BLOOMINGTON, Minn. — The rookie drivers — such as Yuki Tsunoda at AlphaTauri, and Haas drivers Mick Schumacher and Nikita Mazepin — and those drivers who do not have years of Formula One experience will be at a disadvantage this season because of the new rule that has shortened the practice sessions on Friday.
There are two 60-minute sessions instead of two 90-minute sessions.
So the drivers and teams have 60 fewer minutes to set up their cars for qualifying and the race. And this will benefit the experienced drivers who know what fine adjustments best suit their cars.
Another change this year is that the maximum time for a race is reduced from four to three hours. This total includes rain delays and red flags for accidents.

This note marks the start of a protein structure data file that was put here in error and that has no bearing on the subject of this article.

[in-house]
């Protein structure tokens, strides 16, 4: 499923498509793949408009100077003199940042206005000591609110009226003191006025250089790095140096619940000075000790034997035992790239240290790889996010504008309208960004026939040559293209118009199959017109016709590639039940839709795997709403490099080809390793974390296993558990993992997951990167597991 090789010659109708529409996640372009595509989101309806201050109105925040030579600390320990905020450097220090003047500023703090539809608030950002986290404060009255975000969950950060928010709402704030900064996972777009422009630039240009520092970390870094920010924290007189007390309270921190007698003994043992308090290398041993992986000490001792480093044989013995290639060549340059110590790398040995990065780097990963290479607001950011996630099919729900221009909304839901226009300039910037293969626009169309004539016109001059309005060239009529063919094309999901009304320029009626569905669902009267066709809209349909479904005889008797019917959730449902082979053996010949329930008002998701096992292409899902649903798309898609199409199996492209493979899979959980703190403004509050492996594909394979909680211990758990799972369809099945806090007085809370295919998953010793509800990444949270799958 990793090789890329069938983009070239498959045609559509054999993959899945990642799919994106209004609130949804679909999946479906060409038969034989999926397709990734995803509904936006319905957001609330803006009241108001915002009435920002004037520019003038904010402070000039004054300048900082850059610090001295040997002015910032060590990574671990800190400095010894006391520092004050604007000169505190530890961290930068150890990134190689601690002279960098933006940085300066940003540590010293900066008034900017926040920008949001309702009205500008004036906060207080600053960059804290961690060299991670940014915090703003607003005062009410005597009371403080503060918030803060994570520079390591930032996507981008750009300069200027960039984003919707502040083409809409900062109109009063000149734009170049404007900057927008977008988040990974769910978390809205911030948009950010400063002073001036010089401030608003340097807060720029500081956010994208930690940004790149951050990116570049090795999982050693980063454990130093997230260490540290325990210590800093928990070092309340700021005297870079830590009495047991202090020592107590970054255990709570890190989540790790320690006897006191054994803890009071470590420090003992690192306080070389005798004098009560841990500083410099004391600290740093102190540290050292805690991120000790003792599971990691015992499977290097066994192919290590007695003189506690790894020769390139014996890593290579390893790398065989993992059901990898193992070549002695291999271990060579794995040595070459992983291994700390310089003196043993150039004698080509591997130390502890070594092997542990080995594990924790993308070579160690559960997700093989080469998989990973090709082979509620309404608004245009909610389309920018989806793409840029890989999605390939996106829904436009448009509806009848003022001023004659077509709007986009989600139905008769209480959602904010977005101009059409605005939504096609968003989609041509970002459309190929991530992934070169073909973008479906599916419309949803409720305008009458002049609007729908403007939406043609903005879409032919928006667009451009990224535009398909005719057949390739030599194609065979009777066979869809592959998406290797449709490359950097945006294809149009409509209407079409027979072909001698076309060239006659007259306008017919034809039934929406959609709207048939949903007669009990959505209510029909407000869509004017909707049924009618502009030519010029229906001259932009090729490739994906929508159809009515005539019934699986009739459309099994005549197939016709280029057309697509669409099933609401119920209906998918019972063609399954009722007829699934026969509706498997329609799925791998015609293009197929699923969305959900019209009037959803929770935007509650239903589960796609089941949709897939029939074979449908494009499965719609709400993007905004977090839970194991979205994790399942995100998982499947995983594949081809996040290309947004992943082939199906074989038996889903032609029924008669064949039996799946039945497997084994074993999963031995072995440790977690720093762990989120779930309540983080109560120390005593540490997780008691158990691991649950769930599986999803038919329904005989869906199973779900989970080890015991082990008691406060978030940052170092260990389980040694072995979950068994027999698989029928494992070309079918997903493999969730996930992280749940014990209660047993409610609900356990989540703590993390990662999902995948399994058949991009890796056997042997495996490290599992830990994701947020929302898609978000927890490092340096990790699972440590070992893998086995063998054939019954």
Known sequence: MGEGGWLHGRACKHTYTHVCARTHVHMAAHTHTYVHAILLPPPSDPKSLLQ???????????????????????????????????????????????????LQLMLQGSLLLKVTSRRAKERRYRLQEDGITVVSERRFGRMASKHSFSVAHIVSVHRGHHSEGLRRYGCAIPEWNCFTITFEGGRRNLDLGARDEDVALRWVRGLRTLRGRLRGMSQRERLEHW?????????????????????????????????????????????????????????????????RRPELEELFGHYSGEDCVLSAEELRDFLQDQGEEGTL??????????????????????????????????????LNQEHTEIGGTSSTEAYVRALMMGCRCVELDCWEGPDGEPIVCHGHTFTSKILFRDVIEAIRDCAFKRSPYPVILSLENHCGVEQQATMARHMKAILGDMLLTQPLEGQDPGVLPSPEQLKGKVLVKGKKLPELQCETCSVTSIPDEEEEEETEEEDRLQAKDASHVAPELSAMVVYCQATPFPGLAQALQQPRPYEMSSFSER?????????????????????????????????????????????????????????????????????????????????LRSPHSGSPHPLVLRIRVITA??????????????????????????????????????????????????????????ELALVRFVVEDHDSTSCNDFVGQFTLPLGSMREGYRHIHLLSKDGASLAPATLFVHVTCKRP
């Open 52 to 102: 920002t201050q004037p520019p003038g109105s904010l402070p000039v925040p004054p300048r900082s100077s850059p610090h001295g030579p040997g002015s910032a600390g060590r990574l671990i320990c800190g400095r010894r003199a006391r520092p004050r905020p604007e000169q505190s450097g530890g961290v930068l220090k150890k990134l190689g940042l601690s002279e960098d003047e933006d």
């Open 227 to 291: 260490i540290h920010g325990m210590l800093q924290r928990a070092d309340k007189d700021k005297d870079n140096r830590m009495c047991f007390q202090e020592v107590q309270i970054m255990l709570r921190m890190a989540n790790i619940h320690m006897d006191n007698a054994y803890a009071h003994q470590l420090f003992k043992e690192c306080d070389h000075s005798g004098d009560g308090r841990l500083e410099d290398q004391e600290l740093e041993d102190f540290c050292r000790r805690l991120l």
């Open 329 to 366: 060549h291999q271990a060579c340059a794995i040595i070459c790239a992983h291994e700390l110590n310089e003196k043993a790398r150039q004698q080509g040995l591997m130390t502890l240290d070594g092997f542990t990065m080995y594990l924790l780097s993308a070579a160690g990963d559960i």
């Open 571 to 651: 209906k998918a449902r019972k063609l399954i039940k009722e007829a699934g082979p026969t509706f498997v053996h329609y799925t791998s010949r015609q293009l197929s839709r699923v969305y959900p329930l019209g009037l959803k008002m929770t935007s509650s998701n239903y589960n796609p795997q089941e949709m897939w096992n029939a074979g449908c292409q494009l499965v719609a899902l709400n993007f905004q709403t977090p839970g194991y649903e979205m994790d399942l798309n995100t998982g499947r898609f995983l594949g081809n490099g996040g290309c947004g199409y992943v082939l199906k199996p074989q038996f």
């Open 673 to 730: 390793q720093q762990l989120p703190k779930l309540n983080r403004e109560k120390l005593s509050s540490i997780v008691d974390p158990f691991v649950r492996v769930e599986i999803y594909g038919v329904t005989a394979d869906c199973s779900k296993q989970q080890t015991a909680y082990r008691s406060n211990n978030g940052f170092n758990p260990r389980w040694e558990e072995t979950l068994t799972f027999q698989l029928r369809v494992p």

The “four-hour race rule” was introduced after multiple red flags for rain caused the 2011 Canadian Grand Prix — won by Jenson Button in a McLaren — to last four hours, four minutes and 39.537 seconds.
The new three-hour rule will give Formula One and the circuit organizers a little bit more flexibility when they determine what time the race should start relative to sunset.
Finally, the teams have welcomed the new rule that the start of the races will no longer be at 10 minutes past the top of the hour, but instead start at the top of the hour as in past.
Ten minutes does not seem like a lot, but it just means that at the end of the race the team personnel are 10 minutes later in their work to pack up all the equipment and then head home or to the next race.